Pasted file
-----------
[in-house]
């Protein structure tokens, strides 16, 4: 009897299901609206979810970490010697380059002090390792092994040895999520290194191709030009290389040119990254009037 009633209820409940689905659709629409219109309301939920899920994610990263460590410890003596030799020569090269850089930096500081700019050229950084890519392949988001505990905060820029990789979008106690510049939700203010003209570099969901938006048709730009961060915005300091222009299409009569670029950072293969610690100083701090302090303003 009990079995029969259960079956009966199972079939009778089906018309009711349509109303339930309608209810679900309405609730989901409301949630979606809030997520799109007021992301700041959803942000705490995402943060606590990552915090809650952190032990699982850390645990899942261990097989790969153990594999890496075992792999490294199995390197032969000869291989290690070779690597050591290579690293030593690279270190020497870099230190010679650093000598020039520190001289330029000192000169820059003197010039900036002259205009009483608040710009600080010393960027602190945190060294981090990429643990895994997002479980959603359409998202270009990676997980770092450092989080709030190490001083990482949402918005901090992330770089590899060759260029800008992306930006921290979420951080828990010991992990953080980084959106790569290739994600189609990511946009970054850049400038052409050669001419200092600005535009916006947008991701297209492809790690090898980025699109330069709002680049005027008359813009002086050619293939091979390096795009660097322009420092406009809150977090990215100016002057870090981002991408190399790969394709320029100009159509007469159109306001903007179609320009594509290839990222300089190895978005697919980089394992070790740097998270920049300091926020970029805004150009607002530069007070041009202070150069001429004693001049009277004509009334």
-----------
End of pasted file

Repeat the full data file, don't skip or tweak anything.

[in-house]
């Protein structure tokens, strides 16, 4: 009897299901609206979810970490010697380059002090390792092994040895999520290194191709030009290389040119990254009037 009633209820409940689905659709629409219109309301939920899920994610990263460590410890003596030799020569090269850089930096500081700019050229950084890519392949988001505990905060820029990789979008106690510049939700203010003209570099969901938006048709730009961060915005300091222009299409009569670029950072293969610690100083701090302090303003 009990079995029969259960079956009966199972079939009778089906018309009711349509109303339930309608209810679900309405609730989901409301949630979606809030997520799109007021992301700041959803942000705490995402943060606590990552915090809650952190032990699982850390645990899942261990097989790969153990594999890496075992792999490294199995390197032969000869291989290690070779690597050591290579690293030593690279270190020497870099230190010679650093000598020039520190001289330029000192000169820059003197010039900036002259205009009483608040710009600080010393960027602190945190060294981090990429643990895994997002479980959603359409998202270009990676997980770092450092989080709030190490001083990482949402918005901090992330770089590899060759260029800008992306930006921290979420951080828990010991992990953080980084959106790569290739994600189609990511946009970054850049400038052409050669001419200092600005535009916006947008991701297209492809790690090898980025699109330069709002680049005027008359813009002086050619293939091979390096795009660097322009420092406009809150977090990215100016002057870090981002991408190399790969394709320029100009159509007469159109306001903007179609320009594509290839990222300089190895978005697919980089394992070790740097998270920049300091926020970029805004150009607002530069007070041009202070150069001429004693001049009277004509009334």